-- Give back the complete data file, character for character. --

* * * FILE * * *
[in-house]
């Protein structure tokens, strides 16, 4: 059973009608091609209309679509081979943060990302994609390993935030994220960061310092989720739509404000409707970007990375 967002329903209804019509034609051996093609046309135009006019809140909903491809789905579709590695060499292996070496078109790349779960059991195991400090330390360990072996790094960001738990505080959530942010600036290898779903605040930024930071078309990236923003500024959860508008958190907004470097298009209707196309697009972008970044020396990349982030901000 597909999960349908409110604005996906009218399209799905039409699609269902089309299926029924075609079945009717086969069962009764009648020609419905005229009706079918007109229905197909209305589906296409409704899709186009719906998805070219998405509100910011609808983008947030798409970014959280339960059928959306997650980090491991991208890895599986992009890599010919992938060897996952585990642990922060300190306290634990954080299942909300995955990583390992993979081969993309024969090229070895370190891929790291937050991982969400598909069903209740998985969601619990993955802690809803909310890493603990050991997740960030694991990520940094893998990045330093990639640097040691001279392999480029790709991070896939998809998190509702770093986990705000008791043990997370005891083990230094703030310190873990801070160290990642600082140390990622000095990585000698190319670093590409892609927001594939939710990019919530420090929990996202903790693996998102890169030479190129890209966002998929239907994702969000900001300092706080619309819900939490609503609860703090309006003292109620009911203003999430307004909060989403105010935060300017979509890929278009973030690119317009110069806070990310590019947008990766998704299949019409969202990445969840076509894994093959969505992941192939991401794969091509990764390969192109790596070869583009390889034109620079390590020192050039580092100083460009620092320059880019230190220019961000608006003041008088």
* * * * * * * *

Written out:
[in-house]
């Protein structure tokens, strides 16, 4: 059973009608091609209309679509081979943060990302994609390993935030994220960061310092989720739509404000409707970007990375 967002329903209804019509034609051996093609046309135009006019809140909903491809789905579709590695060499292996070496078109790349779960059991195991400090330390360990072996790094960001738990505080959530942010600036290898779903605040930024930071078309990236923003500024959860508008958190907004470097298009209707196309697009972008970044020396990349982030901000 597909999960349908409110604005996906009218399209799905039409699609269902089309299926029924075609079945009717086969069962009764009648020609419905005229009706079918007109229905197909209305589906296409409704899709186009719906998805070219998405509100910011609808983008947030798409970014959280339960059928959306997650980090491991991208890895599986992009890599010919992938060897996952585990642990922060300190306290634990954080299942909300995955990583390992993979081969993309024969090229070895370190891929790291937050991982969400598909069903209740998985969601619990993955802690809803909310890493603990050991997740960030694991990520940094893998990045330093990639640097040691001279392999480029790709991070896939998809998190509702770093986990705000008791043990997370005891083990230094703030310190873990801070160290990642600082140390990622000095990585000698190319670093590409892609927001594939939710990019919530420090929990996202903790693996998102890169030479190129890209966002998929239907994702969000900001300092706080619309819900939490609503609860703090309006003292109620009911203003999430307004909060989403105010935060300017979509890929278009973030690119317009110069806070990310590019947008990766998704299949019409969202990445969840076509894994093959969505992941192939991401794969091509990764390969192109790596070869583009390889034109620079390590020192050039580092100083460009620092320059880019230190220019961000608006003041008088």